On April 22, the Trump administration dropped its focus on global oil prices, abandoned its already dubious goal of US energy dominance and learned to love hardline policy idealism over economic pragmatism. That was the day the US said it would push to end all Iranian oil exports, refusing to extend waivers to Iran’s biggest crude and condensate buyers that had been allowed to import some Iran crude despite sanctions. The decision was a shock to market and policy analysts who had almost universally anticipated that these waivers would be at least partially renewed through the summer to prevent a jolt to oil and domestic gasoline prices and global supply. The announcement pushed crude futures prices to six-month highs and could soon push Brent above $80/b for the first time since October 2018, according to S&P Global Platts Analytics. The end of sanctions waivers indicates that the policy hardliners in the Trump administration, led by John Bolton, President Trump’s national security adviser, may have won over the more financially-grounded views of Pompeo and White House economic adviser Larry Kudlow, who had resisted the end of waivers, arguing that the impact on prices may be political untenable. A policy decision with… continue reading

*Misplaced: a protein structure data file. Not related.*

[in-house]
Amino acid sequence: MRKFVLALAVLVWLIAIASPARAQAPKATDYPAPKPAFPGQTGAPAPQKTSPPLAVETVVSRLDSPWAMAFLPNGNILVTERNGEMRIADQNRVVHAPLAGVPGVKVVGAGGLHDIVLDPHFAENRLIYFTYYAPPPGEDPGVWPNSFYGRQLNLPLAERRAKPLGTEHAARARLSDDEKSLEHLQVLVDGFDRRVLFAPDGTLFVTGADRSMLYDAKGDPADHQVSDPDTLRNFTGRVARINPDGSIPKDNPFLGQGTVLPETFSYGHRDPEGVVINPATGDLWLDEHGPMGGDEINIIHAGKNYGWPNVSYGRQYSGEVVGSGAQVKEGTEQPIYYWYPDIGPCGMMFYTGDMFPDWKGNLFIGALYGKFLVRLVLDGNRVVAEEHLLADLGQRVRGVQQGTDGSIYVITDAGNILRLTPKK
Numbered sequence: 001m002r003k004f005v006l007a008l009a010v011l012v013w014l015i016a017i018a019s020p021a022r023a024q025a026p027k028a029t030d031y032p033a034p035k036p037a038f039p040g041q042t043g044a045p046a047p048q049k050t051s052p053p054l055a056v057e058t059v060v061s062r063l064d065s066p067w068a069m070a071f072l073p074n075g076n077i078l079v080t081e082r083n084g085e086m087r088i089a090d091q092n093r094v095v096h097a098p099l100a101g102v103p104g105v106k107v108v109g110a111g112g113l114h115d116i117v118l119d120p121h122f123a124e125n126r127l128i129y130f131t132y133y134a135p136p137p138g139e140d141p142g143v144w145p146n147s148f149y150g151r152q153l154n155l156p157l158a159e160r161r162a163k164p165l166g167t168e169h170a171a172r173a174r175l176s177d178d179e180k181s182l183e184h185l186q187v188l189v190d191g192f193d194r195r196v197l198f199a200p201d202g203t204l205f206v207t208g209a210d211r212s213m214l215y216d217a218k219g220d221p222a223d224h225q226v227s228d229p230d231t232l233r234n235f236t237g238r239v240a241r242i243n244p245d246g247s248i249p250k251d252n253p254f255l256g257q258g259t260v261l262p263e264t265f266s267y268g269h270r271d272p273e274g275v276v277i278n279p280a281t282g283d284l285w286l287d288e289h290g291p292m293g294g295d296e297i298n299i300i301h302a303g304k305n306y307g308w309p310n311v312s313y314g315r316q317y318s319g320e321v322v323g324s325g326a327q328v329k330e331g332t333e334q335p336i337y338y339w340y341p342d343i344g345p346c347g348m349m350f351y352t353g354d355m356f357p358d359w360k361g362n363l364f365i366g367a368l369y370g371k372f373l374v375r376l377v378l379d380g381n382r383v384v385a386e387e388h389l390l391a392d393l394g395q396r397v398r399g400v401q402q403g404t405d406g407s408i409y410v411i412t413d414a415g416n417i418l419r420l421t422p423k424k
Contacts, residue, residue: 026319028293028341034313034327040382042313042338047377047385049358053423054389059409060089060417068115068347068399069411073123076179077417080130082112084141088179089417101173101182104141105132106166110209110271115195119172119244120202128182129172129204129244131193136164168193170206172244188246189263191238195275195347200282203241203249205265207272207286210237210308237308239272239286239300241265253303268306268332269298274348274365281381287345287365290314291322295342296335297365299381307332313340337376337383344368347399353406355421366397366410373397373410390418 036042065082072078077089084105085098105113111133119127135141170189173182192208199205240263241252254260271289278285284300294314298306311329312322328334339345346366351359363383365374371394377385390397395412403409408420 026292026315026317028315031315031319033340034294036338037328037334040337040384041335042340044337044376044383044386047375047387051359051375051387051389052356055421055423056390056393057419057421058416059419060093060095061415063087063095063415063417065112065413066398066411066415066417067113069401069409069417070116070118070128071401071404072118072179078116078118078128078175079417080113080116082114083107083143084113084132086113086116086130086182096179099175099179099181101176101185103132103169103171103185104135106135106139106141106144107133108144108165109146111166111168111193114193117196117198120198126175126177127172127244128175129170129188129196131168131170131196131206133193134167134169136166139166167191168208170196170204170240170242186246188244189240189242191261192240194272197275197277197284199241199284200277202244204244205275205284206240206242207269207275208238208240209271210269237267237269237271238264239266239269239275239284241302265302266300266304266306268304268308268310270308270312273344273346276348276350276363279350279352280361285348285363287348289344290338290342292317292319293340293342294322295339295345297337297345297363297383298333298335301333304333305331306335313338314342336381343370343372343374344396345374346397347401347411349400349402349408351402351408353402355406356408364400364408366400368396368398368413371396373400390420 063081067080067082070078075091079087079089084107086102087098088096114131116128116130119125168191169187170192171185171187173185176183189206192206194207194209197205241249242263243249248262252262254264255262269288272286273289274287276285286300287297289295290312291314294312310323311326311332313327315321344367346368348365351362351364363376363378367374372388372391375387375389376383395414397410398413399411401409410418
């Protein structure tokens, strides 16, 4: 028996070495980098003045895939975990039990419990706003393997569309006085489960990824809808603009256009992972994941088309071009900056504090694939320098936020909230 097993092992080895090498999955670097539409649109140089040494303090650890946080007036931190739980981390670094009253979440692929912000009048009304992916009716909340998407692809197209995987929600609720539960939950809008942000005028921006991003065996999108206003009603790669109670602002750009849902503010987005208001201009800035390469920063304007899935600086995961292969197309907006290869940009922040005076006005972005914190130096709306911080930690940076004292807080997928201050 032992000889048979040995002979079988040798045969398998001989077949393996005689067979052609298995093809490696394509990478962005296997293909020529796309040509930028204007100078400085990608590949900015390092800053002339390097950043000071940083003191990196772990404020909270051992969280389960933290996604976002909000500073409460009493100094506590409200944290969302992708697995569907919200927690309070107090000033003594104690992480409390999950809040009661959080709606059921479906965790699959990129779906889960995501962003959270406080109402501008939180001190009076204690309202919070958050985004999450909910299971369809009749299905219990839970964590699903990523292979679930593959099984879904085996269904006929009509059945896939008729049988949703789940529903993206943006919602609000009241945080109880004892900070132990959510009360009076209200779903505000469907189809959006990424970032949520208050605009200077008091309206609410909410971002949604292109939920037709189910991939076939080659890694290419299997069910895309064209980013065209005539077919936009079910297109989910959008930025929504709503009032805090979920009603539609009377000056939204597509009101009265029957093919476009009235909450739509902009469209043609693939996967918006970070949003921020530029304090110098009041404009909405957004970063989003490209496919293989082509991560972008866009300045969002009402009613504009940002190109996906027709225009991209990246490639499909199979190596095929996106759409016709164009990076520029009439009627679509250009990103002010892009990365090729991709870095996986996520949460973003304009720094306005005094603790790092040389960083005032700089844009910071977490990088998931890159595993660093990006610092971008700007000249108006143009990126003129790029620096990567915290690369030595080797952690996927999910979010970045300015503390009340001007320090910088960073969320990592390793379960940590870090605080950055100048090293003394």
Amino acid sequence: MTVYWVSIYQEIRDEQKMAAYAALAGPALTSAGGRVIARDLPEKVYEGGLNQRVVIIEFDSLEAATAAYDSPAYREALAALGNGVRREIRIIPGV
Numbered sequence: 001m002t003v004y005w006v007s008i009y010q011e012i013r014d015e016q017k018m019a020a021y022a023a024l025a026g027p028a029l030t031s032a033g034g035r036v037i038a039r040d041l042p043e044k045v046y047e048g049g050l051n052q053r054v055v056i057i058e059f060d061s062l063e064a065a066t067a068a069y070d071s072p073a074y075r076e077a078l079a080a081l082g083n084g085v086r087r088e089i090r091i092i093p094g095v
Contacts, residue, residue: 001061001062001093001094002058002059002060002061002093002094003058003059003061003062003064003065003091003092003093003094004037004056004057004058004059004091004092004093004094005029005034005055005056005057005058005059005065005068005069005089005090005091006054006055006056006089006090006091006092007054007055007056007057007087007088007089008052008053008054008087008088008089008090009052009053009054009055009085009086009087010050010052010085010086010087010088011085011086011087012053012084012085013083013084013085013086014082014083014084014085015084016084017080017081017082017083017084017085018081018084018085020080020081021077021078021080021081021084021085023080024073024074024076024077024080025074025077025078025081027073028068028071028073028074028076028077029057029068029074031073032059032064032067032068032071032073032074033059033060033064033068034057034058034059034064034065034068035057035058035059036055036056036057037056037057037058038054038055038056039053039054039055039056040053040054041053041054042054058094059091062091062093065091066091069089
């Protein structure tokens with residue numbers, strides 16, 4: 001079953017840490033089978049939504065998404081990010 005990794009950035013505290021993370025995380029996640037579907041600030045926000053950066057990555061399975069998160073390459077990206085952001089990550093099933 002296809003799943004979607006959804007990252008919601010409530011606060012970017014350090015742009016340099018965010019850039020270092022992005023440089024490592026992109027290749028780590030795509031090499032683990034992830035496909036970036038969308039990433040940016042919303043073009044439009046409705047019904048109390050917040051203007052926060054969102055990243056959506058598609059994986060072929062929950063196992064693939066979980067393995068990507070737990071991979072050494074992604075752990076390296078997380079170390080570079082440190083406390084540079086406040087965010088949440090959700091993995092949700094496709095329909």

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Source: CTRM Center